I agree it is best to hunt with a good dog. Some hunters believe it is unethical to hunt birds without a dog. However, for whatever reasons some hunters cannot own a dog and I would hate to exclude them from upland hunting. When I hunted without a dog I counted lost birds in the bag. Still do even though I now have an excellent dog who rarely loses a hit bird. But it still happens on very rare occasions.

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                      • #12
                        Originally posted by bflowers View Post
                        In MN if you drop birds you cant find, they are considered part of your limit. If you dont count them, what is stopping people shooting just for fun. They could drop birds and never look for them. According to what some of you are saying that person could keep killing birds all day as long as the bag limit isnt full.
                        I would like to believe that people who would shoot game birds just for fun are a very tiny portion of the hunting community. And if they're sleezy enough to do that, I doubt making it illegal would stop them. Nobody puts more effort into trying to find a wounded bird or animal than I do, but sometimes they just aren't going to be found. That's a fact of life when hunting. I hunt primarily to put food on the table, and obviously you can't eat what you can't find, so that's why I don't count ones I can't find as part of my limit.

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                        • #13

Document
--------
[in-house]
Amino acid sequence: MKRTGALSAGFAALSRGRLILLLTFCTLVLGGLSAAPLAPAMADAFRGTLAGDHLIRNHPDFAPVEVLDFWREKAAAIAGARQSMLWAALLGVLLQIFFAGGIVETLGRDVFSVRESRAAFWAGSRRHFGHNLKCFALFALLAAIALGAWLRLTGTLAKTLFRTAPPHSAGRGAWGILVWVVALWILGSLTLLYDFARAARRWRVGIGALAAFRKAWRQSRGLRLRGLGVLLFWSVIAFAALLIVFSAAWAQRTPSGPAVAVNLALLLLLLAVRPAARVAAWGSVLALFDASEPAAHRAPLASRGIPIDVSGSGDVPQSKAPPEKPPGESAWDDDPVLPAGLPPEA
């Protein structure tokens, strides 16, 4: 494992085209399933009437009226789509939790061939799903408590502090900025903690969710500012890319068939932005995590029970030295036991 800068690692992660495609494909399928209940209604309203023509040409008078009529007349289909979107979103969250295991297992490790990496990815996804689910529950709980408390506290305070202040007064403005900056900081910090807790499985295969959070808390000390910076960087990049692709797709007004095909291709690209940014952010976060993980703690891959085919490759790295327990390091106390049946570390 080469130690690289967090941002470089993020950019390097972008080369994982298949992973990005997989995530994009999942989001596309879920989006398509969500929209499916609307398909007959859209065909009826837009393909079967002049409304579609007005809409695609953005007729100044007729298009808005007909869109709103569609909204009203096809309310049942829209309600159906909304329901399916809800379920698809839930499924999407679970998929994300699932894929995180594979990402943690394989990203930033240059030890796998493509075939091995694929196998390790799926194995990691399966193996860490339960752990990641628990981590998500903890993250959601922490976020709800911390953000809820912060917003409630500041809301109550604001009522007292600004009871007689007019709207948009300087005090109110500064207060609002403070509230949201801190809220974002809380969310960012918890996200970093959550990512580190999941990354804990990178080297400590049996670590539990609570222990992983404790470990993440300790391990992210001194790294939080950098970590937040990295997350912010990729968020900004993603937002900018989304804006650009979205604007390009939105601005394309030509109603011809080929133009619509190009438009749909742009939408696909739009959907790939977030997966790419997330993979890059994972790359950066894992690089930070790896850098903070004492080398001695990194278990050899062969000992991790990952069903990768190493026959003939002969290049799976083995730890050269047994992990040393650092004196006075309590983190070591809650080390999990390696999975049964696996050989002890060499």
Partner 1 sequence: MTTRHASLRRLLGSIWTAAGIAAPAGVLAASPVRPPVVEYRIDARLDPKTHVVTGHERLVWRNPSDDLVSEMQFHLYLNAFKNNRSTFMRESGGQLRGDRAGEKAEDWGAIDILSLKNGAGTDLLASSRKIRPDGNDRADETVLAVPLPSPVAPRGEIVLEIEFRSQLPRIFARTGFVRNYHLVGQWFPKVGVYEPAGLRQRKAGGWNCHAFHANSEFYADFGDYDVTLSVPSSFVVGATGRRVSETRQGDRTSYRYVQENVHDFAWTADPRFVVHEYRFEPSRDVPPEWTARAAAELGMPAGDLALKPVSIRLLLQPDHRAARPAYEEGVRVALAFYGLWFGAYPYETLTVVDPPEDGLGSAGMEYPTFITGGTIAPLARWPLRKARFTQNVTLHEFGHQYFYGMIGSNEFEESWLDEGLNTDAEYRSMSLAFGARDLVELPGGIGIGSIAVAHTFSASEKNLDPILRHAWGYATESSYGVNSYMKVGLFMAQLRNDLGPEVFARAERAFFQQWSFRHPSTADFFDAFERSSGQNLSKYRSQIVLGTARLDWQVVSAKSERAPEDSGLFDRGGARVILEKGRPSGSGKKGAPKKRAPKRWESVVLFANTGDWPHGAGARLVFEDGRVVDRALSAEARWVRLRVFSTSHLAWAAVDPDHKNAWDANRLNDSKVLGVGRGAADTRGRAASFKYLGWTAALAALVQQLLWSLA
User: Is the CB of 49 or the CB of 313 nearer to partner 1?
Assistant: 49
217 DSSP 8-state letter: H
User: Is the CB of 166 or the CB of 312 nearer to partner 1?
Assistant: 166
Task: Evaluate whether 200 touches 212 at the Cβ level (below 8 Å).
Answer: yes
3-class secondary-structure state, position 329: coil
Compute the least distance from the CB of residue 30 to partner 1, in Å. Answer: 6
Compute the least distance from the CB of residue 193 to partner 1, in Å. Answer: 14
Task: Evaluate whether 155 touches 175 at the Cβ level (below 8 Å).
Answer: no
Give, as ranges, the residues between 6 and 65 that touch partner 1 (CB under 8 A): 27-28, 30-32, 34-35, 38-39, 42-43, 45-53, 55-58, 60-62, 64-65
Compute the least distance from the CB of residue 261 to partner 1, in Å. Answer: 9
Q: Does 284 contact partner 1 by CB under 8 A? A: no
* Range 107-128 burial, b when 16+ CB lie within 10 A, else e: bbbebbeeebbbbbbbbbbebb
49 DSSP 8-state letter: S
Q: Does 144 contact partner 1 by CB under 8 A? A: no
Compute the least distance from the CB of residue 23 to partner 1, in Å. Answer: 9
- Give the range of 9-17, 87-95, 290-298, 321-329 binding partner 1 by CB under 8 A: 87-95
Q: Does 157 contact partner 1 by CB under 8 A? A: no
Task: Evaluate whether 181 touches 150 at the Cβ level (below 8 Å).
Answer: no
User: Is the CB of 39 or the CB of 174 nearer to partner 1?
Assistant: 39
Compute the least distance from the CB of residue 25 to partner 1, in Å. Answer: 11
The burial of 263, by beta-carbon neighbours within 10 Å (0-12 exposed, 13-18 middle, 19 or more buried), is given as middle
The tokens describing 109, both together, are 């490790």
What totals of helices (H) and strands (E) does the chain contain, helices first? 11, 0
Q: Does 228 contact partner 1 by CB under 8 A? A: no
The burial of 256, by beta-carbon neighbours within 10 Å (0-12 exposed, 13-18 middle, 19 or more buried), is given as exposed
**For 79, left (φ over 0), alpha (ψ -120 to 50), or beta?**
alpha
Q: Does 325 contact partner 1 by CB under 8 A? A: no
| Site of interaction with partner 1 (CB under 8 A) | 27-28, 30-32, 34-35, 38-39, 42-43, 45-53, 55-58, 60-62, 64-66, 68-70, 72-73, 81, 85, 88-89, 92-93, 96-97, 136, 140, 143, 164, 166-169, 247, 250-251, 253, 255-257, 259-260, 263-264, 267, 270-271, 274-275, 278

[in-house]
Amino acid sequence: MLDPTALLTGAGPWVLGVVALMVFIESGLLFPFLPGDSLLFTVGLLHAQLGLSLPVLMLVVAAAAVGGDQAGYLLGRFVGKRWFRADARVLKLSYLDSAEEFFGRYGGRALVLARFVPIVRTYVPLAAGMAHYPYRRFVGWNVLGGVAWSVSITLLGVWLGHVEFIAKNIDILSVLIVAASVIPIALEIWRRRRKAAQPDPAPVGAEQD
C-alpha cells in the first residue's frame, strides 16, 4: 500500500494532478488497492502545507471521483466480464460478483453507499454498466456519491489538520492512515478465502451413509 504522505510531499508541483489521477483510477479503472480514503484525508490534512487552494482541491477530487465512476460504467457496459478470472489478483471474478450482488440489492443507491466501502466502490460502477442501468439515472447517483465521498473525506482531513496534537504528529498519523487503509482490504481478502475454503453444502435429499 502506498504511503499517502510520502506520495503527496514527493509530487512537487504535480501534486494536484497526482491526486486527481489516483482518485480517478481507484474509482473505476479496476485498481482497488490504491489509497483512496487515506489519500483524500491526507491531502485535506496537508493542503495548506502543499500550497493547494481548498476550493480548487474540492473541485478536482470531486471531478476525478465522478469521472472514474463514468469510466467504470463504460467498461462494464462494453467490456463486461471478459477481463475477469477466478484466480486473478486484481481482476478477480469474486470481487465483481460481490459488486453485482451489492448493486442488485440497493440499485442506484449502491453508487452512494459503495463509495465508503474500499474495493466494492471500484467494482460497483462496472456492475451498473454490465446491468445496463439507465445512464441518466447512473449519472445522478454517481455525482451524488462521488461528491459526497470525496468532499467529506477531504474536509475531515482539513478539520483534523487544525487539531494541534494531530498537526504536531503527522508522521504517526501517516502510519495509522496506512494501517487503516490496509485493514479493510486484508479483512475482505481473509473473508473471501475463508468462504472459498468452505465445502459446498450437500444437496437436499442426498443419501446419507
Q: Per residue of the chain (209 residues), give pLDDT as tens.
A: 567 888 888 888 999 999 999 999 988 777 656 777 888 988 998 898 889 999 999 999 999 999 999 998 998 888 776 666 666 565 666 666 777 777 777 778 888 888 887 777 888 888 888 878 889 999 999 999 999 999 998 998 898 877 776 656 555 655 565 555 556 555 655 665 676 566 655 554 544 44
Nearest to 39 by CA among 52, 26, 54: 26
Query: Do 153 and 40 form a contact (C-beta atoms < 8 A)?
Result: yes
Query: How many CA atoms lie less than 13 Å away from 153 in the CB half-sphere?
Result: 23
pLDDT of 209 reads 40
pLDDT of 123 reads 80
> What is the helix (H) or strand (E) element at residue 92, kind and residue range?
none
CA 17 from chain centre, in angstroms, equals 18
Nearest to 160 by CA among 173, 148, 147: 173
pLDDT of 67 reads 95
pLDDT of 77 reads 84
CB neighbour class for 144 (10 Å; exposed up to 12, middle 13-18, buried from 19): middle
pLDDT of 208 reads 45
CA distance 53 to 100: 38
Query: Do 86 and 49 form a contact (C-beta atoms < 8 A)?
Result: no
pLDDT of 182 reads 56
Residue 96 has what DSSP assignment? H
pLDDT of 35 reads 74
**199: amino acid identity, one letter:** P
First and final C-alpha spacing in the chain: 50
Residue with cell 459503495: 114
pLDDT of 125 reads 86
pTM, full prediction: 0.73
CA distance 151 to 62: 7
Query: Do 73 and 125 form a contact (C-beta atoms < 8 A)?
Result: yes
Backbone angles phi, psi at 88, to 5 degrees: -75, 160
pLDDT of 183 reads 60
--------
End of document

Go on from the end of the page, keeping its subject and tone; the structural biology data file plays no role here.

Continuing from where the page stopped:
I still follow it. One deer I hit we never found(I am positive it died though), so I tossed in the tag when we burned the trash.

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                          • #14
                            Originally posted by JM View Post
                            I still follow it. One deer I hit we never found(I am positive it died though), so I tossed in the tag when we burned the trash.
                            I have gained more respect for you JM. You and I share a common ethic. Good way to hunt.

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                            • #15
                              Thanks for all the thoughtful answers. I added comments to some of the answers. Does anyone read the comments to answers or just the answers?
                              I still count unrecovered birds in the bag. On a recent hunt my partner thought it weird and unnecessary since its not a legal requirement. So I thought I'd ask the OL crew.